By Dickson Ntwigae, member of the TRF Cadre of Technical Advisers and Rotary Kenya Country Office Trustee
In May 2020, when COVID-19 cases were on the rise in Kenya, we, the Rotary Club of Meru Rotarians, decided to reach out to the most vulnerable group in our community: street children in Meru County. At the time, Kenya had just reported 758 Covid-19 cases, with 42 deaths and 284 recoveries. The control measures implemented to try to limit the spread of the virus had been significant. Schools, colleges and universities closed, and we saw food prices jump by at least 50 percent.
It was a challenging but pivotal moment for us to take action.
Some of the children we helped came from areas bordering Isiolo and Samburu counties, which had been severely affected by locusts. More than 300 children were now living on the street in Meru town without any government support.
Even before the pandemic, conditions for Meru’s street kids were dire. They were grouped into four categories:
- Children who work and live on the street full-time, living in groups in temporary shelters or dark alleys.
- Children who work on the streets by day but go home to their families in the evenings.
- Children who are on the streets occasionally, such as in the evenings, weekends, and during school holidays.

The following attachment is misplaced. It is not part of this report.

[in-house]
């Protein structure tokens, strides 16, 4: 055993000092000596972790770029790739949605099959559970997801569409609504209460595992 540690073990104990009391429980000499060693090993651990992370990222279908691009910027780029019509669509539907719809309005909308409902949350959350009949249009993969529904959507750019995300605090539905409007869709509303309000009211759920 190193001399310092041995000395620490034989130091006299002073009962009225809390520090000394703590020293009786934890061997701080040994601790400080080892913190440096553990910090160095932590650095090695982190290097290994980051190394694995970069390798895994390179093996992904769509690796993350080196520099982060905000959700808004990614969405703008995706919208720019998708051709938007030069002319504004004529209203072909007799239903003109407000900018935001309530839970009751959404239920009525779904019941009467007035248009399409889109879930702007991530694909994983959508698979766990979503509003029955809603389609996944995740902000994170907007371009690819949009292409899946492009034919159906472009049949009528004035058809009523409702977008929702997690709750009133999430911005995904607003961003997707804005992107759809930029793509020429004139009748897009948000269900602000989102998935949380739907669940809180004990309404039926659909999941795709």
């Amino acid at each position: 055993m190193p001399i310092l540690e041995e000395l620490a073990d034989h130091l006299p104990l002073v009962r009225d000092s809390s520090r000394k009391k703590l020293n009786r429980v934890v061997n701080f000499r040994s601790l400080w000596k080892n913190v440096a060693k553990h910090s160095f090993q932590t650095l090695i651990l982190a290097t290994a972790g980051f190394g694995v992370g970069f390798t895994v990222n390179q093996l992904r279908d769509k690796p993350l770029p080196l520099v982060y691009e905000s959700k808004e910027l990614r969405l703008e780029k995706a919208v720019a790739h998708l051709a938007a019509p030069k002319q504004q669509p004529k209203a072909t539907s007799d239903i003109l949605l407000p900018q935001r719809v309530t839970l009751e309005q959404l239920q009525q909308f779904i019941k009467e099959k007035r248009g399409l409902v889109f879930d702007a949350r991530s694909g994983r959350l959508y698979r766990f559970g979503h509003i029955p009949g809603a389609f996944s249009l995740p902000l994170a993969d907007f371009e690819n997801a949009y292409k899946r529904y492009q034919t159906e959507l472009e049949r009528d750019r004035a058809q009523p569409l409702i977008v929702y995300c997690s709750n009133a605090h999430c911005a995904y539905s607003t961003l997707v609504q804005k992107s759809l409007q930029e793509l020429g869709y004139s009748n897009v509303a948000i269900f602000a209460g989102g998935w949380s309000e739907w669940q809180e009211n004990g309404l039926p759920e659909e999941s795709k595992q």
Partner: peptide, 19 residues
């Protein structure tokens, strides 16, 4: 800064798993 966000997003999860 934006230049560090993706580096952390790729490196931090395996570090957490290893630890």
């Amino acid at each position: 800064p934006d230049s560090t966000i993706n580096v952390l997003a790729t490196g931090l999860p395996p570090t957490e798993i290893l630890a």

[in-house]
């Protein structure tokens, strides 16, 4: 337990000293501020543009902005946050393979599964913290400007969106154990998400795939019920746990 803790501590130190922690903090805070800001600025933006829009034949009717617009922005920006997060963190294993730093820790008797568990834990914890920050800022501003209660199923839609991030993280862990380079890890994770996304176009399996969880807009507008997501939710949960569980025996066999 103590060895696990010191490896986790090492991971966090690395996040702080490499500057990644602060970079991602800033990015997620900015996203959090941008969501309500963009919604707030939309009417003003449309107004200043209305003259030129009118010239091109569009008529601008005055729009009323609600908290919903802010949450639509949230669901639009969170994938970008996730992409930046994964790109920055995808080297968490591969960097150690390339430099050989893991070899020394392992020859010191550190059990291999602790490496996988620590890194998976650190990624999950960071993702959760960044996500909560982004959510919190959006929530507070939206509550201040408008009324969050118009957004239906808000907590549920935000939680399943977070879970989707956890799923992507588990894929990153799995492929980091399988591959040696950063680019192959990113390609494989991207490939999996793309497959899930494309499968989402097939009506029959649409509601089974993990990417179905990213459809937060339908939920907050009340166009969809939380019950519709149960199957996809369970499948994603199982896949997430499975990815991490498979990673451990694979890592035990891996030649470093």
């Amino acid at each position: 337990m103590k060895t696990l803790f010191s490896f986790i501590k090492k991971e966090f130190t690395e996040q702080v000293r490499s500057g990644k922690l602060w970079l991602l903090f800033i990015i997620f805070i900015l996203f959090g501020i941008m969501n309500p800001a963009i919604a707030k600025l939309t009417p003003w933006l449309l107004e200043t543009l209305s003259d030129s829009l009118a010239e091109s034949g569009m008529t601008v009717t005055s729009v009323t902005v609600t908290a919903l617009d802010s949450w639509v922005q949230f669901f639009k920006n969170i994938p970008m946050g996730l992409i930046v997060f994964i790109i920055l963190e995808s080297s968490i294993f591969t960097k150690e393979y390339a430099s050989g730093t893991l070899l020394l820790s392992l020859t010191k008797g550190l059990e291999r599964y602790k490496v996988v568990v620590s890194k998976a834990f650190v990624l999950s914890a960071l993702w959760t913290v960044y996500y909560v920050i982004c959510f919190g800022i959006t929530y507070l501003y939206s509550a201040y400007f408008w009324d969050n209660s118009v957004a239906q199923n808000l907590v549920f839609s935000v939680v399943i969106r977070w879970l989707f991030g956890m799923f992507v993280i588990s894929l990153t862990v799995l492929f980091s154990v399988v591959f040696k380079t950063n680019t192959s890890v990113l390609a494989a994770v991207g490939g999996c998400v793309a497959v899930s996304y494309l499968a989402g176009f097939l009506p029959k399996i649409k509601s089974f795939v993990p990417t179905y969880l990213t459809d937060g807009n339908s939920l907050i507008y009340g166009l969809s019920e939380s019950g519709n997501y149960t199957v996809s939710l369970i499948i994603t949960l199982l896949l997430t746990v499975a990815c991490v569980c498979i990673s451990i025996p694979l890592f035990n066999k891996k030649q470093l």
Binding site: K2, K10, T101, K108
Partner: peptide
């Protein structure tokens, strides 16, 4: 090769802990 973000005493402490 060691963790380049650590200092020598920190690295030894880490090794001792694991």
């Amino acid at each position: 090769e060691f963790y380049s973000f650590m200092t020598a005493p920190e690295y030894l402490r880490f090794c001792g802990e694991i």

- “Street families”, children whose parents are also on the streets.
Joint action and results
It’s against this backdrop that the Rotary Club of Meru Rotarians and Rotaractors, in partnership with the Rotary Clubs of Grantham Kesteven, Lincoln Lindum, Middleton, Sittingbourne Invicta, Guildford Chantries, Northampton, Kimbolton Castle, St. Neots St. Mary’s, Sleaford in the UK and Oakville Ontario, Canada, resolved to take action to alleviate the suffering of the street children in Meru County.
“Being a girl of action, as we like calling ourselves in Rotary, I couldn’t just stand by while the street kids starved to death,” says Karen Kinya, one of the Rotaractors coordinating other Rotaractors to help with cooking and distribution of food to the street kids.
“Now more than ever, they need my help–an opportunity for me to practice Rotary values…to serve above self!”
Every day, we bought food at the market at a cost of about USD $112. We cooked and packed meals at the Cloverleaf orphanage, which I founded in 2014. The kids at the orphanage did an amazing job helping. They happily pitched in to prepare, cook and pack meals for children less fortunate than they are – “kids helping kids.” As a result of our efforts, more than 88,000 meals were served to 300 children on the streets of Meru.
The County Government of Meru didn’t want to be left behind – it wanted to be part of our success story. As such, out of the 300 street kids we fed, 150 youth were recruited into the the Meru County Government program, whose aim was to change the mindset and offer hands-on skills training to the street children. The first program graduation was officiated by the Meru County Governor Kiraitu Murungi on 11 February 2021.
And as Jacqueline, one of the street kids and beneficiaries, says, the initiative meant more than food: “Every evening when I see Rotarians coming to feed us I am hopeful that I can also be like them – I want to become a policewoman and help girls like me.” Then she adds, “But for now, I can only be grateful to the Rotarians that I can stay alive as I am assured of at least one meal a day.”
More information about our club’s service projects is available online.
The following contributed to this story: Caroline Newton, Richard Pennell, Joy Mwenda. Photos courtesy of Kelvin Mwenda